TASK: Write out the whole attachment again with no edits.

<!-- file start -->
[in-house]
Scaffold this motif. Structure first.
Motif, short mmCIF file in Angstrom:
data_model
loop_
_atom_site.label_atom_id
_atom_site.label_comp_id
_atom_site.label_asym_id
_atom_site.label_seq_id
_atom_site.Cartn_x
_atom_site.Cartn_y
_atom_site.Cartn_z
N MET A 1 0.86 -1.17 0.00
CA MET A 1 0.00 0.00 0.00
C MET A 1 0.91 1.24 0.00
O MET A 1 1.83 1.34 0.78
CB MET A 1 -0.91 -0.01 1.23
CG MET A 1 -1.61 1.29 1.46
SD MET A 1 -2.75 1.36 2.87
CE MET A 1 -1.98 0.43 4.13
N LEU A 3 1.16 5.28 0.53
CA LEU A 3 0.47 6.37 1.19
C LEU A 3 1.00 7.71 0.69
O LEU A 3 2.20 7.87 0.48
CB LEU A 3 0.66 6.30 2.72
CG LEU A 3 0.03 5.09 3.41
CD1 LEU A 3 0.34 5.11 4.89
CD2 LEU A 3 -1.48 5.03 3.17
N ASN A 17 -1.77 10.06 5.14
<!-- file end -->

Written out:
[in-house]
Scaffold this motif. Structure first.
Motif, short mmCIF file in Angstrom:
data_model
loop_
_atom_site.label_atom_id
_atom_site.label_comp_id
_atom_site.label_asym_id
_atom_site.label_seq_id
_atom_site.Cartn_x
_atom_site.Cartn_y
_atom_site.Cartn_z
N MET A 1 0.86 -1.17 0.00
CA MET A 1 0.00 0.00 0.00
C MET A 1 0.91 1.24 0.00
O MET A 1 1.83 1.34 0.78
CB MET A 1 -0.91 -0.01 1.23
CG MET A 1 -1.61 1.29 1.46
SD MET A 1 -2.75 1.36 2.87
CE MET A 1 -1.98 0.43 4.13
N LEU A 3 1.16 5.28 0.53
CA LEU A 3 0.47 6.37 1.19
C LEU A 3 1.00 7.71 0.69
O LEU A 3 2.20 7.87 0.48
CB LEU A 3 0.66 6.30 2.72
CG LEU A 3 0.03 5.09 3.41
CD1 LEU A 3 0.34 5.11 4.89
CD2 LEU A 3 -1.48 5.03 3.17
N ASN A 17 -1.77 10.06 5.14